By now you have seen a variety of paintings in your textbook. I want to discuss the word “painterly.”
When an artist’s work is described as “painterly,” his technique takes advantage of the properties of the paint itself, reveling in them and using them as part of the end product.
An example of this would be works by Vincent Van Gogh. In Van Gogh’s paintings we remain constantly aware of the paint itself. Get a close up look at this painting at https://artsandculture.google.com/asset/the-starry…
The opposite extreme would be the neoclassicism employed by Ingres (figure 2.79) or the photorealism employed by Richard Estes (figure 2.96). In these works you forget the existence of the paint itself because the illusion is so complete. For instance, Ingres’ princess is wearing a dress we feel we could touch and experience the texture of that dress and not the paint used to describe it. Richard Estes often causes people to step close to his painting because they cannot see any brushstrokes, and the realism leaves them with the impression they are looking at a photograph. A closer look at the Ingres is here at https://www.metmuseum.org/toah/works-of-art/1975.1… A close look at a selection of Estes’ work is here at https://2.americanart.si.edu/exhibitions/online/es… Which of these extremes of “painterliness” better allows for “truth” in art?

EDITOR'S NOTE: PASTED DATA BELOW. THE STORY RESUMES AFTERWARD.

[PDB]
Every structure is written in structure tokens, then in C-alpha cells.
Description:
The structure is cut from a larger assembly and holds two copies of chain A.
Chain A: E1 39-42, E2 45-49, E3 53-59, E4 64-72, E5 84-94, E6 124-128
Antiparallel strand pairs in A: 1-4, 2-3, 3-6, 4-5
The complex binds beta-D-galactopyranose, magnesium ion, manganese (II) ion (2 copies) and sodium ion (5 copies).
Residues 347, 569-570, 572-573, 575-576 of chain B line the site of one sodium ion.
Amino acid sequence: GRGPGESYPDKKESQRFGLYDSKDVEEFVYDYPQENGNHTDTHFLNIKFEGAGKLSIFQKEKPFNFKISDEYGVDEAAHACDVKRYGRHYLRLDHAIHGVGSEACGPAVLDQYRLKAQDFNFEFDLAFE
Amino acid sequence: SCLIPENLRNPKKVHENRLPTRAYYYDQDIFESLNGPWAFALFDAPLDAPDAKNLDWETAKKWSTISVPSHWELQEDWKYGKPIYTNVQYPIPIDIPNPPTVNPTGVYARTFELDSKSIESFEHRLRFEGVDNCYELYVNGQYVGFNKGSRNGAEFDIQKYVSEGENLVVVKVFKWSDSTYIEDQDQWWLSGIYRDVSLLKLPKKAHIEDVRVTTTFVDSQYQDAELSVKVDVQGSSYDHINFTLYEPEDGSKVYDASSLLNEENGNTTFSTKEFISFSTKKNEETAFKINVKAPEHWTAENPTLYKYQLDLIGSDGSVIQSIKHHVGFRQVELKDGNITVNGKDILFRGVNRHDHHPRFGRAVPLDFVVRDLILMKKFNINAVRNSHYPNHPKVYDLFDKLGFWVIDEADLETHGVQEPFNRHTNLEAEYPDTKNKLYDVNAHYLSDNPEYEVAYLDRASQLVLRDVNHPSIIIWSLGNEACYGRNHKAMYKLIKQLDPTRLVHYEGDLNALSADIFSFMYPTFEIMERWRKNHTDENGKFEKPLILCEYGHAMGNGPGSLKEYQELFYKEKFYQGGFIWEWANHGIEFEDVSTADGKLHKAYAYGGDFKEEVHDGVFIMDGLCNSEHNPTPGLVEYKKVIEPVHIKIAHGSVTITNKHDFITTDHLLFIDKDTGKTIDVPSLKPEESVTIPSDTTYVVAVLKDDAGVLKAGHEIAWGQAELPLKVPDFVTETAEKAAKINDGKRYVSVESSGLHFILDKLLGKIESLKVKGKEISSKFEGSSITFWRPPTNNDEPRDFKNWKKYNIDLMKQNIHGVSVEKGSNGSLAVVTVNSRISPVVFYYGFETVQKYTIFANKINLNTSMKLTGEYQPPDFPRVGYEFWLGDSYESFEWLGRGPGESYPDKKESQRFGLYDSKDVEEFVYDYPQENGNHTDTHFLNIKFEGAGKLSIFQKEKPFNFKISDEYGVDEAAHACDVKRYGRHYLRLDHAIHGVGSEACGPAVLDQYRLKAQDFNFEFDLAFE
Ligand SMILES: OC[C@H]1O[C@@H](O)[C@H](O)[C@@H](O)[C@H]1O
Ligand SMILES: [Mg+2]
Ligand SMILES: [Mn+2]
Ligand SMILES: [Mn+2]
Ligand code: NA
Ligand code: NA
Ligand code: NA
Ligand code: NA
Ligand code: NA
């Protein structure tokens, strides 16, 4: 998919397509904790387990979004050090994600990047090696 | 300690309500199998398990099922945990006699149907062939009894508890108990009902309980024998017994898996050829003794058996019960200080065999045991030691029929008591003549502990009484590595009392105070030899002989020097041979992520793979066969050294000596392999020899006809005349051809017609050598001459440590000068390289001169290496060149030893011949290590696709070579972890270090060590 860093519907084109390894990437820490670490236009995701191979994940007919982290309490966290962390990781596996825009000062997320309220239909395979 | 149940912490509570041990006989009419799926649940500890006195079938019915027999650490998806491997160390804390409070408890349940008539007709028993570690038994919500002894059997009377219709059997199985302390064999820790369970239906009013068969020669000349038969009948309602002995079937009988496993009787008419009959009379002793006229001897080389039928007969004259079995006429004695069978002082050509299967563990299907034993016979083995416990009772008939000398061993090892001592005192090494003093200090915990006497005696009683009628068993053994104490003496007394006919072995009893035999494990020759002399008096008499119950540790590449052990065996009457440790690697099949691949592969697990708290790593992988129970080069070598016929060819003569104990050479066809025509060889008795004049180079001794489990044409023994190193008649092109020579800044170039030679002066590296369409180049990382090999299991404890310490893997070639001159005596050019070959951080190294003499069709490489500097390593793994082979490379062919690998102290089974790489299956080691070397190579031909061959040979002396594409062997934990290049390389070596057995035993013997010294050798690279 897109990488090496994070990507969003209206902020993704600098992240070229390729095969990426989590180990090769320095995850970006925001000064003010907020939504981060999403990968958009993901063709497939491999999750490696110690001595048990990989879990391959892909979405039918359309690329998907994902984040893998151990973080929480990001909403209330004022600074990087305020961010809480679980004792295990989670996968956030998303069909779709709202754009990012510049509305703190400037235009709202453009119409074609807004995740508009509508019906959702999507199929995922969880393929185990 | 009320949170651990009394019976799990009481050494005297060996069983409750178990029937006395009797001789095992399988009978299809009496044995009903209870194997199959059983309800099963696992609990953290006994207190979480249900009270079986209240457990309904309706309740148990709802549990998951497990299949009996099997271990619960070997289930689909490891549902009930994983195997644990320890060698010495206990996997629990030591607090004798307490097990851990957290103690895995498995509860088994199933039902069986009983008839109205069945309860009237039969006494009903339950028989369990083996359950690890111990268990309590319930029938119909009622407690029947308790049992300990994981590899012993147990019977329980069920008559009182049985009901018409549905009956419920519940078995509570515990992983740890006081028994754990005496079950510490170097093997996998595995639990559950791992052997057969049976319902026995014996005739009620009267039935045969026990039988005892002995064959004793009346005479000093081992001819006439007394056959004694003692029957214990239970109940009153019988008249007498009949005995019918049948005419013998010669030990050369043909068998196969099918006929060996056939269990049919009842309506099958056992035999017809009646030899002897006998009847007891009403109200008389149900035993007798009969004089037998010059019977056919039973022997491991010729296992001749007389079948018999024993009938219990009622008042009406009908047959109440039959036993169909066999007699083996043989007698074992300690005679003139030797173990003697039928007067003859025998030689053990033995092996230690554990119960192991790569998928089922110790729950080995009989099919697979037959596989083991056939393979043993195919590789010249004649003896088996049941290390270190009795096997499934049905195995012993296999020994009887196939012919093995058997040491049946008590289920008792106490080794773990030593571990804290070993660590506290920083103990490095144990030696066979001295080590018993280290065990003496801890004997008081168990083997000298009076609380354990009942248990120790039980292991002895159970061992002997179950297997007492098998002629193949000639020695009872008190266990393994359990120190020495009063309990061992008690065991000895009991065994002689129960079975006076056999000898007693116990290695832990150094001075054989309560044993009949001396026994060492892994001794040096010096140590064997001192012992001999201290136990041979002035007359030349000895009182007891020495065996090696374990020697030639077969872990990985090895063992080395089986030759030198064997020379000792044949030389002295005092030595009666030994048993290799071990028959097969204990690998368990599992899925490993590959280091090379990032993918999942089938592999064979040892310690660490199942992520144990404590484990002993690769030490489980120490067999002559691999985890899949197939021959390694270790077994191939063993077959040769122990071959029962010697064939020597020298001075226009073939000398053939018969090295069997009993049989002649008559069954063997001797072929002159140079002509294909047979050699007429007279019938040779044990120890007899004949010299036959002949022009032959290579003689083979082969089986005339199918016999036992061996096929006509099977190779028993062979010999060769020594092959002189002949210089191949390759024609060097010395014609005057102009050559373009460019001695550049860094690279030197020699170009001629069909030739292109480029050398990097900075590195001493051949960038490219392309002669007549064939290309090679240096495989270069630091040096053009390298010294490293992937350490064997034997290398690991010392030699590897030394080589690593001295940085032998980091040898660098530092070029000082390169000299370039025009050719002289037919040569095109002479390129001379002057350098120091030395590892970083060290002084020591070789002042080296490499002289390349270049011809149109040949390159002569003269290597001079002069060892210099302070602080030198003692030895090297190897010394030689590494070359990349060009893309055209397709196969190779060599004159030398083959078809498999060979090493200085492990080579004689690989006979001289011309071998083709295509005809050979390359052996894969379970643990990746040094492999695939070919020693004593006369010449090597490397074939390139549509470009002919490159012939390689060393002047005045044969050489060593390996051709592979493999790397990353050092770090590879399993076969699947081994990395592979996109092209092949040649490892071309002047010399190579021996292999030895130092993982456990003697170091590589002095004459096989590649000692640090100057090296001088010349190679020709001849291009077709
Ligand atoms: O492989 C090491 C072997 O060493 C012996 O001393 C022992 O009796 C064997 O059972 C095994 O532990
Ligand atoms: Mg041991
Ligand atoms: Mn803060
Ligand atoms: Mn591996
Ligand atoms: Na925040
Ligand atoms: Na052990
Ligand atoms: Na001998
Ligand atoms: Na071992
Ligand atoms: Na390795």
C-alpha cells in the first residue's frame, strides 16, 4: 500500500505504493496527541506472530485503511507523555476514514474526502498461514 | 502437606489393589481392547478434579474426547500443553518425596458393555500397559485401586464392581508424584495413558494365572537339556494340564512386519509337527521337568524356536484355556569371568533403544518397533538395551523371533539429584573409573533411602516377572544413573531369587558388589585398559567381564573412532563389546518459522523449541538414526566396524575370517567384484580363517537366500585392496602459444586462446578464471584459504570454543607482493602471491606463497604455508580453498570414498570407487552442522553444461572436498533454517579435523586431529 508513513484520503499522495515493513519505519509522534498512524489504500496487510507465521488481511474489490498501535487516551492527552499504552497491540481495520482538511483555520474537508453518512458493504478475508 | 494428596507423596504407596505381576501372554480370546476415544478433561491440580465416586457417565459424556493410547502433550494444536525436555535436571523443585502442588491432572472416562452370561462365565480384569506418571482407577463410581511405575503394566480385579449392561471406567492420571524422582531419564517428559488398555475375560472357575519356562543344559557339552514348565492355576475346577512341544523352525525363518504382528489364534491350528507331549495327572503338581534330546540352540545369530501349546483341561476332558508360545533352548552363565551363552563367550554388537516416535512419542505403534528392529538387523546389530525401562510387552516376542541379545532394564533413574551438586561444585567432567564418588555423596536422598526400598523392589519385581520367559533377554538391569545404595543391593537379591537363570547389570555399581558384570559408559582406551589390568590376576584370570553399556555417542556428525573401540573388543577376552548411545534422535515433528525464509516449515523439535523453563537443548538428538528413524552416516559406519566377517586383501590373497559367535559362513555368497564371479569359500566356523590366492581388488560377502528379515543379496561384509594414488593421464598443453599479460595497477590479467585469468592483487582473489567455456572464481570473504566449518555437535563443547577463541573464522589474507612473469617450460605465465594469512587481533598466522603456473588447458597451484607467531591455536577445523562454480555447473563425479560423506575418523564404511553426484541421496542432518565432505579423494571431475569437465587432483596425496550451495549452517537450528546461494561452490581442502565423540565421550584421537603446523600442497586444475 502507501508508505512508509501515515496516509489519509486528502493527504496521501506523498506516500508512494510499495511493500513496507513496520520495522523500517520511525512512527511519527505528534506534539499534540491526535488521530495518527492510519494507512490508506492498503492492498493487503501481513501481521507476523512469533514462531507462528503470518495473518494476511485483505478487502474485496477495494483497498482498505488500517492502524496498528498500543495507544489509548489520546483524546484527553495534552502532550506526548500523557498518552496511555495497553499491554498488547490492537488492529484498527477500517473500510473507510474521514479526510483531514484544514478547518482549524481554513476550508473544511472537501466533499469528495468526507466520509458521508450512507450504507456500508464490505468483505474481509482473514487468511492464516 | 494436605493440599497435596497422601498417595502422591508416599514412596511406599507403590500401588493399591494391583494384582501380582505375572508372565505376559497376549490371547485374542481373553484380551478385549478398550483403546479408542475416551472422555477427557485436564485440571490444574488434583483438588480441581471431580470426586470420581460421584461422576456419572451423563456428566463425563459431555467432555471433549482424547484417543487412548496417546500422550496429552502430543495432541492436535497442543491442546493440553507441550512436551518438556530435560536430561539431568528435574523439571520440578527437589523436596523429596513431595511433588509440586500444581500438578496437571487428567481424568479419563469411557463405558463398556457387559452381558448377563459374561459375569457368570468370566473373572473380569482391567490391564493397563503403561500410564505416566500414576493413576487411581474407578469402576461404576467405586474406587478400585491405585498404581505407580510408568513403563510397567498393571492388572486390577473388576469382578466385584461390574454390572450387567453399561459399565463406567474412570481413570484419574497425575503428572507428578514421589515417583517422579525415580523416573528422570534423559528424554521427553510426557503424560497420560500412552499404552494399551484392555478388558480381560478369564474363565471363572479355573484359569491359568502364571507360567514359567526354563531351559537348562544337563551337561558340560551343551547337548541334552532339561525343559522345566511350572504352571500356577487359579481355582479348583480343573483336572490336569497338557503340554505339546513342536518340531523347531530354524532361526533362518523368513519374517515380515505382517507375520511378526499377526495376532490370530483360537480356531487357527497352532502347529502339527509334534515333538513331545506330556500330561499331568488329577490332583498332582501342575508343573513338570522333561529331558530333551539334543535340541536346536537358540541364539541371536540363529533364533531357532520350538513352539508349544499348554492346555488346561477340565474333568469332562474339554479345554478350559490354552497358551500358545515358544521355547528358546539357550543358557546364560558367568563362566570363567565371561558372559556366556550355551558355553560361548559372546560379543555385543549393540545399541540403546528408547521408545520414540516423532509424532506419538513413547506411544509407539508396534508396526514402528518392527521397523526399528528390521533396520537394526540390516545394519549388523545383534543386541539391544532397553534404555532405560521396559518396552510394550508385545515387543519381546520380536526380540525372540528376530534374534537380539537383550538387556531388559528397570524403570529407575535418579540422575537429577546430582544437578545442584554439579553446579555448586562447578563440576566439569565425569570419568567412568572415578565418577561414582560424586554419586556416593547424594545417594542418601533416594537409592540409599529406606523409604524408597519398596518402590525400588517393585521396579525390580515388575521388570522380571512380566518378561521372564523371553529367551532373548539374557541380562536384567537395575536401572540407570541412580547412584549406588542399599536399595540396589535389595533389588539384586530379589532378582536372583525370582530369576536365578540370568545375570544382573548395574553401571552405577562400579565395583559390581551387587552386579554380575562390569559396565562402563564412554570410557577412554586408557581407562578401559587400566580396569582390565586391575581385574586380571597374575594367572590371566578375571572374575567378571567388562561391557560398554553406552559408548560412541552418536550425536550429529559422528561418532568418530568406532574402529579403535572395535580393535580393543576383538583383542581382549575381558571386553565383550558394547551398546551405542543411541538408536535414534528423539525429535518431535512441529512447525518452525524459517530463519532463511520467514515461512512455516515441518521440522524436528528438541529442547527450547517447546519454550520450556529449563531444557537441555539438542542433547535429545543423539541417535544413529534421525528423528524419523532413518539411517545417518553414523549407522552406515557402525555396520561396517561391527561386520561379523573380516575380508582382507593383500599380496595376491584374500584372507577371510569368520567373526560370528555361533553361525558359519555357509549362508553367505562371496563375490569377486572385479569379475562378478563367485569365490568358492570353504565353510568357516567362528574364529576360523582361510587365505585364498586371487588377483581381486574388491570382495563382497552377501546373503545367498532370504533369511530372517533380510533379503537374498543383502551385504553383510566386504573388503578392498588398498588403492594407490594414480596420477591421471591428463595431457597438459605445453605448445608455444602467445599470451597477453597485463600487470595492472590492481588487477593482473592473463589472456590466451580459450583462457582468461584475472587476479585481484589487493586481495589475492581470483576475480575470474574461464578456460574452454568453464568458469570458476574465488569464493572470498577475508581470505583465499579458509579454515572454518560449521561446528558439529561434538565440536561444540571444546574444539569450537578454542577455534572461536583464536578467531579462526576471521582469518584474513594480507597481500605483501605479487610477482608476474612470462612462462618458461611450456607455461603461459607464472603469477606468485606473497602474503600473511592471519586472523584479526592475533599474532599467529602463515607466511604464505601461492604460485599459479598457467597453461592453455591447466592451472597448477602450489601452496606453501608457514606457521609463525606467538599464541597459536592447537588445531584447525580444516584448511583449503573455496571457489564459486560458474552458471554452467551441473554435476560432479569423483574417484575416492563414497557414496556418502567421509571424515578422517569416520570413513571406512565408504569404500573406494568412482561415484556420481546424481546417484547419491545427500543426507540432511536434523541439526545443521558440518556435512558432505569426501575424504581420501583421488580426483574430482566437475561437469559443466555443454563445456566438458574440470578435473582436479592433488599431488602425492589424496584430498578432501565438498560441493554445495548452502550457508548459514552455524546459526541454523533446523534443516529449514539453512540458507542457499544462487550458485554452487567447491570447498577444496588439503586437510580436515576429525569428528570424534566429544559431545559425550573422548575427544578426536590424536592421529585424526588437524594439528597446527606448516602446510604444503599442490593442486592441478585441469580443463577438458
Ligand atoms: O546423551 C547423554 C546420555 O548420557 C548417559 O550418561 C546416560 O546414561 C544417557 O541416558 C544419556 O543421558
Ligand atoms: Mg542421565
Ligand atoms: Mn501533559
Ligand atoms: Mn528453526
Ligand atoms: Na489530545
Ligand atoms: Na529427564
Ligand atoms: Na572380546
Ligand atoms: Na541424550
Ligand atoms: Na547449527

Which of these techniques would best depict the truth of your own culture or generation today?
Use other examples to defend your views. (Remember–each question in this course is a research question. Cite your sources from your research (textbook page numbers, internet URLs, etc.) Use the new vocabulary you are learning in your answers, defining the words or terms as you write. Here you need to say what “truth in art” is and what exactly is “your culture or generation”, etc.)
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